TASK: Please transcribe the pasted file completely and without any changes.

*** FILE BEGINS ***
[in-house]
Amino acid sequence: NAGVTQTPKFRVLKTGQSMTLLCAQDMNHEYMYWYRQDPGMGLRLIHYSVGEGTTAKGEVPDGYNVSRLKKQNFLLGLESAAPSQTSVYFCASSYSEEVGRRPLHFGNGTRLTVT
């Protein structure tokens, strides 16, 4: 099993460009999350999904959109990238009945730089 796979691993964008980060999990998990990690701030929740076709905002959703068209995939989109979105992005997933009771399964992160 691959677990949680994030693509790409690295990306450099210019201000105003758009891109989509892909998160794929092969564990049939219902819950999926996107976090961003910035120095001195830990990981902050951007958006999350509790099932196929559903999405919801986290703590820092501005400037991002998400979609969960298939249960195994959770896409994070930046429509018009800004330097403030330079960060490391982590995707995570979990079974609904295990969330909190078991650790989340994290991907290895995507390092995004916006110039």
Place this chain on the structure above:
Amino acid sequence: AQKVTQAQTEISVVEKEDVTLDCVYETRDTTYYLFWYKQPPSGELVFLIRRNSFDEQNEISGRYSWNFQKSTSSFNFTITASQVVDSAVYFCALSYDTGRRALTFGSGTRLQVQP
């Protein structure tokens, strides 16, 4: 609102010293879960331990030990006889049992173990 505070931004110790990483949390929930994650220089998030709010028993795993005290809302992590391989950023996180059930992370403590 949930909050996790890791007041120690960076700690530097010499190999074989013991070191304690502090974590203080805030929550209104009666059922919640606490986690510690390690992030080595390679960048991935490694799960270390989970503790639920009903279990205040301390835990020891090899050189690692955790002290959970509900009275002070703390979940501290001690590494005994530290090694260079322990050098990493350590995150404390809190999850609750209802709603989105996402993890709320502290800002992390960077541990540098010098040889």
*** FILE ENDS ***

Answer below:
[in-house]
Amino acid sequence: NAGVTQTPKFRVLKTGQSMTLLCAQDMNHEYMYWYRQDPGMGLRLIHYSVGEGTTAKGEVPDGYNVSRLKKQNFLLGLESAAPSQTSVYFCASSYSEEVGRRPLHFGNGTRLTVT
């Protein structure tokens, strides 16, 4: 099993460009999350999904959109990238009945730089 796979691993964008980060999990998990990690701030929740076709905002959703068209995939989109979105992005997933009771399964992160 691959677990949680994030693509790409690295990306450099210019201000105003758009891109989509892909998160794929092969564990049939219902819950999926996107976090961003910035120095001195830990990981902050951007958006999350509790099932196929559903999405919801986290703590820092501005400037991002998400979609969960298939249960195994959770896409994070930046429509018009800004330097403030330079960060490391982590995707995570979990079974609904295990969330909190078991650790989340994290991907290895995507390092995004916006110039």
Place this chain on the structure above:
Amino acid sequence: AQKVTQAQTEISVVEKEDVTLDCVYETRDTTYYLFWYKQPPSGELVFLIRRNSFDEQNEISGRYSWNFQKSTSSFNFTITASQVVDSAVYFCALSYDTGRRALTFGSGTRLQVQP
């Protein structure tokens, strides 16, 4: 609102010293879960331990030990006889049992173990 505070931004110790990483949390929930994650220089998030709010028993795993005290809302992590391989950023996180059930992370403590 949930909050996790890791007041120690960076700690530097010499190999074989013991070191304690502090974590203080805030929550209104009666059922919640606490986690510690390690992030080595390679960048991935490694799960270390989970503790639920009903279990205040301390835990020891090899050189690692955790002290959970509900009275002070703390979940501290001690590494005994530290090694260079322990050098990493350590995150404390809190999850609750209802709603989105996402993890709320502290800002992390960077541990540098010098040889």